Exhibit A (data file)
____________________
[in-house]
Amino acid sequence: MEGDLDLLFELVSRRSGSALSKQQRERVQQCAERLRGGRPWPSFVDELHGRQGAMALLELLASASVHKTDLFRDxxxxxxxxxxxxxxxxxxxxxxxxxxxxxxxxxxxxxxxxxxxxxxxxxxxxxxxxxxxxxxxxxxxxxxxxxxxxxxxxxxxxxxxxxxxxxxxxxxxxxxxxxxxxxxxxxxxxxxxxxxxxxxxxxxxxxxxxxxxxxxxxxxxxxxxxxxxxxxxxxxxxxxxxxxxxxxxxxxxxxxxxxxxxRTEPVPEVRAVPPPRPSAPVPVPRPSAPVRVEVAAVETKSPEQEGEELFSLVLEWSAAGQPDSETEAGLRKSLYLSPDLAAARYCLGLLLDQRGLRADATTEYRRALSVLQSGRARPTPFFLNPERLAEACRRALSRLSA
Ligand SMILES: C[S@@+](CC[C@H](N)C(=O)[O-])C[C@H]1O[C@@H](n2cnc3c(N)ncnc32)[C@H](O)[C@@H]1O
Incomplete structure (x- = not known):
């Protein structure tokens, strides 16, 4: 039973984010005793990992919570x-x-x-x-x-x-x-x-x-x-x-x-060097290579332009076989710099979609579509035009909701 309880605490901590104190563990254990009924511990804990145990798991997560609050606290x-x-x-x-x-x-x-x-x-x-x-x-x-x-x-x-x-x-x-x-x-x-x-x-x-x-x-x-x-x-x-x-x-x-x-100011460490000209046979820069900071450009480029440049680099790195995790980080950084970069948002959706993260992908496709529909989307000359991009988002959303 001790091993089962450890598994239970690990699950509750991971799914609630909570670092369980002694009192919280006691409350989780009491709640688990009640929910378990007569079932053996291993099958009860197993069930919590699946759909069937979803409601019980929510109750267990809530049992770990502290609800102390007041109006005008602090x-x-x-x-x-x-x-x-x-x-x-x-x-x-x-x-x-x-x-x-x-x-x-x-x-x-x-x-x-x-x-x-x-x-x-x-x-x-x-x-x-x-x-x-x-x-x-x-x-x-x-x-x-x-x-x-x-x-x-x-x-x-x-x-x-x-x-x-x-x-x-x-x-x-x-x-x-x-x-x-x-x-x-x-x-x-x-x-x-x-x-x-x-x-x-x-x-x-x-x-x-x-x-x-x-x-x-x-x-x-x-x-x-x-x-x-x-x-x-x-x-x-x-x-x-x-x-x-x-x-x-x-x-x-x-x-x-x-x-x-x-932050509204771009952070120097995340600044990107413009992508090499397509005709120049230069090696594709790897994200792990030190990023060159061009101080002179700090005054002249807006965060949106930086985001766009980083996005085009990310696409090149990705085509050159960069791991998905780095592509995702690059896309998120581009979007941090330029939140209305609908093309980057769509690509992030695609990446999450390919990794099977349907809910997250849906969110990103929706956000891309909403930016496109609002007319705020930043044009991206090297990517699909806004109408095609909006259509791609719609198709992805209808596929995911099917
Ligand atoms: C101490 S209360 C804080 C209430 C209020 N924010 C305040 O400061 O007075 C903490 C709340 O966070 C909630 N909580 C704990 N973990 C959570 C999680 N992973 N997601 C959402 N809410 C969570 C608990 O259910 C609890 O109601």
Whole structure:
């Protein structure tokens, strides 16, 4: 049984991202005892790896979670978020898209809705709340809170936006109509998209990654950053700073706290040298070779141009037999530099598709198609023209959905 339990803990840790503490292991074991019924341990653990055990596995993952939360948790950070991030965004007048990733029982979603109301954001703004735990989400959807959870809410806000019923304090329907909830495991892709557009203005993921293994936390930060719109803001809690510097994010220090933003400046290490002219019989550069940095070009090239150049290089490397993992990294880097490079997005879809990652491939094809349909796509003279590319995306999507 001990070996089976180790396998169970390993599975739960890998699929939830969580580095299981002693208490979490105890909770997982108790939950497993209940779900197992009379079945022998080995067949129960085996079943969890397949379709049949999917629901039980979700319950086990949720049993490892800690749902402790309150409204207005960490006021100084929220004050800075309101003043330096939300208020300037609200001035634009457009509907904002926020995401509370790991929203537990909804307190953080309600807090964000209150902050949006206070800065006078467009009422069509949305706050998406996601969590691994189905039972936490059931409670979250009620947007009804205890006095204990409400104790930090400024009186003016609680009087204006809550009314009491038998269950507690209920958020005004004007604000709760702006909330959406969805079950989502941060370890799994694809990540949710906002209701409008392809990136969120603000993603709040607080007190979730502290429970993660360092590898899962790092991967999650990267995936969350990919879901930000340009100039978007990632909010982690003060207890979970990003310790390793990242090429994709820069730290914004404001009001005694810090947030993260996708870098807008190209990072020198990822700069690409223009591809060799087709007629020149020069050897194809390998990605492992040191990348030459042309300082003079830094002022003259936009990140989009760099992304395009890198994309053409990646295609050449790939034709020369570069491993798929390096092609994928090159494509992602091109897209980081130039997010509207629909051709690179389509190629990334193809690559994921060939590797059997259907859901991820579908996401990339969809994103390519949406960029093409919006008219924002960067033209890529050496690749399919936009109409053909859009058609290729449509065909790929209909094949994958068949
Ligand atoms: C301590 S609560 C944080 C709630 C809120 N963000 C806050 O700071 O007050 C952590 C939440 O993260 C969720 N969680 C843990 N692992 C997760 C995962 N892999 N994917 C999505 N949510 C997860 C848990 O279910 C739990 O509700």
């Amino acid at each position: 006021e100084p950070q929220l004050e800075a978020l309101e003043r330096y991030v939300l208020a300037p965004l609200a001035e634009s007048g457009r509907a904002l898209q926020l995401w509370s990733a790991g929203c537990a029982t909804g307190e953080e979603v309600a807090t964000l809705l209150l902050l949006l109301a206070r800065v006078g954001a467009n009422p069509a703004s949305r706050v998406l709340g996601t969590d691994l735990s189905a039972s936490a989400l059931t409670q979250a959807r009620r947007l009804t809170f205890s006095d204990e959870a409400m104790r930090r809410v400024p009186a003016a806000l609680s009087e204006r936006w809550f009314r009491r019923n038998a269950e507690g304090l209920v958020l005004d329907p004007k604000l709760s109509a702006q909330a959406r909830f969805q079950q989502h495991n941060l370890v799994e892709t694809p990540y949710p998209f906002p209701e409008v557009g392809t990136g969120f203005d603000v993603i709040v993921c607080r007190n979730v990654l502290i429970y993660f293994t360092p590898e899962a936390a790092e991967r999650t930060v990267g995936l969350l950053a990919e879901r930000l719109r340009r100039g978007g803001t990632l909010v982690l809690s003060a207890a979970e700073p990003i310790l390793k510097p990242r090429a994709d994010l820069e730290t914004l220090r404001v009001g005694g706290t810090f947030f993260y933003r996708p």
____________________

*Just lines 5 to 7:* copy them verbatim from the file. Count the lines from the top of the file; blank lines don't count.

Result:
């Protein structure tokens, strides 16, 4: 039973984010005793990992919570x-x-x-x-x-x-x-x-x-x-x-x-060097290579332009076989710099979609579509035009909701 309880605490901590104190563990254990009924511990804990145990798991997560609050606290x-x-x-x-x-x-x-x-x-x-x-x-x-x-x-x-x-x-x-x-x-x-x-x-x-x-x-x-x-x-x-x-x-x-x-100011460490000209046979820069900071450009480029440049680099790195995790980080950084970069948002959706993260992908496709529909989307000359991009988002959303 001790091993089962450890598994239970690990699950509750991971799914609630909570670092369980002694009192919280006691409350989780009491709640688990009640929910378990007569079932053996291993099958009860197993069930919590699946759909069937979803409601019980929510109750267990809530049992770990502290609800102390007041109006005008602090x-x-x-x-x-x-x-x-x-x-x-x-x-x-x-x-x-x-x-x-x-x-x-x-x-x-x-x-x-x-x-x-x-x-x-x-x-x-x-x-x-x-x-x-x-x-x-x-x-x-x-x-x-x-x-x-x-x-x-x-x-x-x-x-x-x-x-x-x-x-x-x-x-x-x-x-x-x-x-x-x-x-x-x-x-x-x-x-x-x-x-x-x-x-x-x-x-x-x-x-x-x-x-x-x-x-x-x-x-x-x-x-x-x-x-x-x-x-x-x-x-x-x-x-x-x-x-x-x-x-x-x-x-x-x-x-x-x-x-x-x-932050509204771009952070120097995340600044990107413009992508090499397509005709120049230069090696594709790897994200792990030190990023060159061009101080002179700090005054002249807006965060949106930086985001766009980083996005085009990310696409090149990705085509050159960069791991998905780095592509995702690059896309998120581009979007941090330029939140209305609908093309980057769509690509992030695609990446999450390919990794099977349907809910997250849906969110990103929706956000891309909403930016496109609002007319705020930043044009991206090297990517699909806004109408095609909006259509791609719609198709992805209808596929995911099917
Ligand atoms: C101490 S209360 C804080 C209430 C209020 N924010 C305040 O400061 O007075 C903490 C709340 O966070 C909630 N909580 C704990 N973990 C959570 C999680 N992973 N997601 C959402 N809410 C969570 C608990 O259910 C609890 O109601």
Whole structure: